How do I get around Northern Oregon Coast Range?

Major airlines fly into Portland International Airport (PDX), where you’ll want to rent a car for the road trip. A scenic drive on Highway 26 takes you from Portland, the nearest urban center, to the popular coast towns of Cannon Beach and Seaside. It’s about a 75-mile drive through state forest and farmland before Highway 26 merges with Highway 101, aka the Oregon Coast Highway and the main artery along the entire Oregon coast. At the very northern end of this region, you’ll find Astoria set inland on the Columbia River, which forms the natural border between Oregon and Washington.


When is the best time to stay in a vacation rental in Northern Oregon Coast Range?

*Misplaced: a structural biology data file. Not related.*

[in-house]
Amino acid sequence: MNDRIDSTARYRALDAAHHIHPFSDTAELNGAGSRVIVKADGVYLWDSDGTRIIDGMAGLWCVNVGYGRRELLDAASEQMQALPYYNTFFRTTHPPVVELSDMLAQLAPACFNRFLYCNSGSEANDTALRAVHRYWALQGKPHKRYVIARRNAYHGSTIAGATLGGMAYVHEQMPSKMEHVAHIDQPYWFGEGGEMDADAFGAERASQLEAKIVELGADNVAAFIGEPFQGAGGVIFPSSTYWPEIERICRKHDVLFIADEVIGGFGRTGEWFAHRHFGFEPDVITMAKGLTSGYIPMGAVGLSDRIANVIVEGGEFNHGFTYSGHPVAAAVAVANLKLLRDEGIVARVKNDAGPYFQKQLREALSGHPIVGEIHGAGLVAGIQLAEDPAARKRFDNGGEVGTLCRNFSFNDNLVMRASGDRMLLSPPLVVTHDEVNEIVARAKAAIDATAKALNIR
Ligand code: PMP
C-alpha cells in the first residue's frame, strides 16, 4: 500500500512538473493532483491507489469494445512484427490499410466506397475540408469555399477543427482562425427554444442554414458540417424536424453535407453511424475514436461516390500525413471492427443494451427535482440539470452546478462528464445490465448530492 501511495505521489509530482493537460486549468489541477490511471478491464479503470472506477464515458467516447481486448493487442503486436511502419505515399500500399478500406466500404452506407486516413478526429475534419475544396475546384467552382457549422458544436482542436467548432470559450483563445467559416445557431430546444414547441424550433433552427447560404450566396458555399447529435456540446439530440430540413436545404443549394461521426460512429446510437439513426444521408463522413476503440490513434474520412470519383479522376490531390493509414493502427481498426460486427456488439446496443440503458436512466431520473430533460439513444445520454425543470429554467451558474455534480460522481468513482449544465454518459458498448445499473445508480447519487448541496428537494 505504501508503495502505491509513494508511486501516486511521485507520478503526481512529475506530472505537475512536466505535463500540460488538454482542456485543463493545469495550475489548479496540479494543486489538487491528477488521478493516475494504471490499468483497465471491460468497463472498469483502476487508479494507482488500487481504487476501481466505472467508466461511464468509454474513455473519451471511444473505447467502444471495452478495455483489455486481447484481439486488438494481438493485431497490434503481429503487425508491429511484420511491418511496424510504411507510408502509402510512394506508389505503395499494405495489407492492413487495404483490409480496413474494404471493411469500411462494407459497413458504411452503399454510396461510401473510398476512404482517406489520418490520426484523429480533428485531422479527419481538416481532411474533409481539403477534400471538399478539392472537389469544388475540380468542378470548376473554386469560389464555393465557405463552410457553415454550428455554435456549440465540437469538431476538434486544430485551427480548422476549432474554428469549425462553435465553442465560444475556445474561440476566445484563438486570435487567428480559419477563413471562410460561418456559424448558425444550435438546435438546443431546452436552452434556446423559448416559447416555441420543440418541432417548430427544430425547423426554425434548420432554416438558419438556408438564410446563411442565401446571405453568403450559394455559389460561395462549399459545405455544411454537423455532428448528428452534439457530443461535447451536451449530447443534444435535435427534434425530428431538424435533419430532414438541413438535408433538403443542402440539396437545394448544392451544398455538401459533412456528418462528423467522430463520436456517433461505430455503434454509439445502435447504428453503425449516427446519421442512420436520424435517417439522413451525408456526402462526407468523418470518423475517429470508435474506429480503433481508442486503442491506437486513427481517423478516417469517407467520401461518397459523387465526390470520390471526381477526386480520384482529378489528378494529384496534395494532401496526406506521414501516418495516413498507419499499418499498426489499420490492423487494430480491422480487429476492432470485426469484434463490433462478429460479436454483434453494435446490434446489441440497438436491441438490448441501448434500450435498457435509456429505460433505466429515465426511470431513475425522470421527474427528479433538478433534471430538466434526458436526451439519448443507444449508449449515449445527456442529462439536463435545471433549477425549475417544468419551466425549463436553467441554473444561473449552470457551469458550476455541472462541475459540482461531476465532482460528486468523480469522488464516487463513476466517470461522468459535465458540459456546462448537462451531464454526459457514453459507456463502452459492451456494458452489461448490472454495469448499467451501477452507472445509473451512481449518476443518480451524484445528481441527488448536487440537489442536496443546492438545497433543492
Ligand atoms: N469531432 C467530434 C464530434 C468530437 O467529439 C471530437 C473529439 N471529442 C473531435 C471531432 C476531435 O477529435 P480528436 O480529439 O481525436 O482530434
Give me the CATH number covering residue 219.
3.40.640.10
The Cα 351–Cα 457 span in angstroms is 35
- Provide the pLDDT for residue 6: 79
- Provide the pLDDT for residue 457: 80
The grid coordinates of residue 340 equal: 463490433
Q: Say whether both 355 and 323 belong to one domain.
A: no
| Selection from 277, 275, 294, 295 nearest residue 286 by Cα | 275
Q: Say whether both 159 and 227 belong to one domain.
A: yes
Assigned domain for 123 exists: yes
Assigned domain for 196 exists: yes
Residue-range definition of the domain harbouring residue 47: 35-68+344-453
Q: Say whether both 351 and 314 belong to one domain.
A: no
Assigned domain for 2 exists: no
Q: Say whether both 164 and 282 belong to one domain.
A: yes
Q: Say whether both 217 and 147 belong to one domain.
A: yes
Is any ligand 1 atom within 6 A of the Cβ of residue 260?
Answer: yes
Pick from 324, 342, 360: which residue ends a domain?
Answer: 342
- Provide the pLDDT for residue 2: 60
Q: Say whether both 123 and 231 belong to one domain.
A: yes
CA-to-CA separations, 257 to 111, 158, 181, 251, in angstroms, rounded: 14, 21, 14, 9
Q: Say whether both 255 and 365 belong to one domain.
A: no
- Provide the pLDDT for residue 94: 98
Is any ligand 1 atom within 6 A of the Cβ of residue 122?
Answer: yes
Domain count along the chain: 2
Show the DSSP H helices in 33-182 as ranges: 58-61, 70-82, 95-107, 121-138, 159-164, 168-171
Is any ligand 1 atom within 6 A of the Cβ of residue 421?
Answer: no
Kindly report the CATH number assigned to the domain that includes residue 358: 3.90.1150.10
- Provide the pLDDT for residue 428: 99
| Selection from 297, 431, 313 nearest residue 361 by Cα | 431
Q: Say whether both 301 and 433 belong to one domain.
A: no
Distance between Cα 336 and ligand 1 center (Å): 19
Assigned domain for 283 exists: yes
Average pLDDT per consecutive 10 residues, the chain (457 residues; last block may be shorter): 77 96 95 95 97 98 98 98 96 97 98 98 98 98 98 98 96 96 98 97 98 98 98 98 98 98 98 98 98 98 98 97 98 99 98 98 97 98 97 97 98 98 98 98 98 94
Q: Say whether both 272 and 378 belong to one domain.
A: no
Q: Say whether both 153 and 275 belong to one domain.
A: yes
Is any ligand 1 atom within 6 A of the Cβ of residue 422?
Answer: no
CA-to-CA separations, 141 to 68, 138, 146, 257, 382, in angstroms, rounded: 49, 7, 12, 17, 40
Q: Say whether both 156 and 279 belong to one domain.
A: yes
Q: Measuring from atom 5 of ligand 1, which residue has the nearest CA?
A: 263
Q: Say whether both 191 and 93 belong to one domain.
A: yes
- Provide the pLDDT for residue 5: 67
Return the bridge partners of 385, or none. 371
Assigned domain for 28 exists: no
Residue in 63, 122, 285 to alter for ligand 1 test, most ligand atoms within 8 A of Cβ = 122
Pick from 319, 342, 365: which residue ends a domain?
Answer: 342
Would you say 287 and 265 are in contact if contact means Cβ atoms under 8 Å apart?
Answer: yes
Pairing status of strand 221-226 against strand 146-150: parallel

Unless you visit at the peak season of July and August, don’t feel obligated to pack a swimsuit, as the ocean stays quite chilly and the climate drizzly. While the record highs in the dry summer months have reached the upper 80 degrees Fahrenheit, the average daily highs on the North Coast are in the upper 60s, though temperatures tend to rise as you head inland. The varying elevations of the Coast Range create numerous microclimates, meaning you’ll want to pack layers. Even in the warmest months, nighttime gets nippy.

Late spring and early fall offer mild weather with fewer crowds. September and October remain reasonably warm before temperatures begin to decline until the winter months, when temperatures remain in the 30s Fahrenheit. Precipitation along the coast is highest in the winter, when most towns experience average monthly rainfall of more than 10 inches. You’ll need dry boots, a raincoat, and warm layers if you plan a visit in the off season.